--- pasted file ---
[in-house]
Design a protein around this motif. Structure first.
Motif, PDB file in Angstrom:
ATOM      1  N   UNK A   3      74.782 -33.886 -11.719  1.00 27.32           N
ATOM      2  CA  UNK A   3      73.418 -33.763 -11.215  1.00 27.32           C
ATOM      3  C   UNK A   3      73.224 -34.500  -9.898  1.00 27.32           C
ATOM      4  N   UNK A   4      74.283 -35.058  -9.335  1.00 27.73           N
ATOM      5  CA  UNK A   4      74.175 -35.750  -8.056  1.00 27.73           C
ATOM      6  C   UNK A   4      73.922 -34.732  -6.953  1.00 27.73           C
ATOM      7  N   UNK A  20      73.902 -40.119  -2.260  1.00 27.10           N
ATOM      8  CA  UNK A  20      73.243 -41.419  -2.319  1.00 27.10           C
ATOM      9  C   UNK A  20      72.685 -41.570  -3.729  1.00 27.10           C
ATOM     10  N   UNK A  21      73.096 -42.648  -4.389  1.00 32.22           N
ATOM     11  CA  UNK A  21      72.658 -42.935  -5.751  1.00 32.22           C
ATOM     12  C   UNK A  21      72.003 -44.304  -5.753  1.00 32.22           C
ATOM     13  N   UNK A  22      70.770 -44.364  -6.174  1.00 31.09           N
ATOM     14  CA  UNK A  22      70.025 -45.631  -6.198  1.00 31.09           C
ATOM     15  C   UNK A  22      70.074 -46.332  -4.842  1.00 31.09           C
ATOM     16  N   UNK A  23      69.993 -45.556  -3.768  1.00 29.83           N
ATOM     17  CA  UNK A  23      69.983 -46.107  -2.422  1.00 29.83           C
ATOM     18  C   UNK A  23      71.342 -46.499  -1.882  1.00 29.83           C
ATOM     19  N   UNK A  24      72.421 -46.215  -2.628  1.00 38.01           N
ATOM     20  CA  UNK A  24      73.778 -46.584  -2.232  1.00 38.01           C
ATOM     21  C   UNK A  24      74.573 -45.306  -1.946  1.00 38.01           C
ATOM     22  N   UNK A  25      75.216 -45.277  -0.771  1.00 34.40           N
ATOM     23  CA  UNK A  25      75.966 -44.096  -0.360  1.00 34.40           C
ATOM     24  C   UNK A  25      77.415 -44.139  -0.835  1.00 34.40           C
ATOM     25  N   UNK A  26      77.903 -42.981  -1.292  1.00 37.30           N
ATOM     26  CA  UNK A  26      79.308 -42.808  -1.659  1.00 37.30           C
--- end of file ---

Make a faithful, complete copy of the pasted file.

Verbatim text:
[in-house]
Design a protein around this motif. Structure first.
Motif, PDB file in Angstrom:
ATOM      1  N   UNK A   3      74.782 -33.886 -11.719  1.00 27.32           N
ATOM      2  CA  UNK A   3      73.418 -33.763 -11.215  1.00 27.32           C
ATOM      3  C   UNK A   3      73.224 -34.500  -9.898  1.00 27.32           C
ATOM      4  N   UNK A   4      74.283 -35.058  -9.335  1.00 27.73           N
ATOM      5  CA  UNK A   4      74.175 -35.750  -8.056  1.00 27.73           C
ATOM      6  C   UNK A   4      73.922 -34.732  -6.953  1.00 27.73           C
ATOM      7  N   UNK A  20      73.902 -40.119  -2.260  1.00 27.10           N
ATOM      8  CA  UNK A  20      73.243 -41.419  -2.319  1.00 27.10           C
ATOM      9  C   UNK A  20      72.685 -41.570  -3.729  1.00 27.10           C
ATOM     10  N   UNK A  21      73.096 -42.648  -4.389  1.00 32.22           N
ATOM     11  CA  UNK A  21      72.658 -42.935  -5.751  1.00 32.22           C
ATOM     12  C   UNK A  21      72.003 -44.304  -5.753  1.00 32.22           C
ATOM     13  N   UNK A  22      70.770 -44.364  -6.174  1.00 31.09           N
ATOM     14  CA  UNK A  22      70.025 -45.631  -6.198  1.00 31.09           C
ATOM     15  C   UNK A  22      70.074 -46.332  -4.842  1.00 31.09           C
ATOM     16  N   UNK A  23      69.993 -45.556  -3.768  1.00 29.83           N
ATOM     17  CA  UNK A  23      69.983 -46.107  -2.422  1.00 29.83           C
ATOM     18  C   UNK A  23      71.342 -46.499  -1.882  1.00 29.83           C
ATOM     19  N   UNK A  24      72.421 -46.215  -2.628  1.00 38.01           N
ATOM     20  CA  UNK A  24      73.778 -46.584  -2.232  1.00 38.01           C
ATOM     21  C   UNK A  24      74.573 -45.306  -1.946  1.00 38.01           C
ATOM     22  N   UNK A  25      75.216 -45.277  -0.771  1.00 34.40           N
ATOM     23  CA  UNK A  25      75.966 -44.096  -0.360  1.00 34.40           C
ATOM     24  C   UNK A  25      77.415 -44.139  -0.835  1.00 34.40           C
ATOM     25  N   UNK A  26      77.903 -42.981  -1.292  1.00 37.30           N
ATOM     26  CA  UNK A  26      79.308 -42.808  -1.659  1.00 37.30           C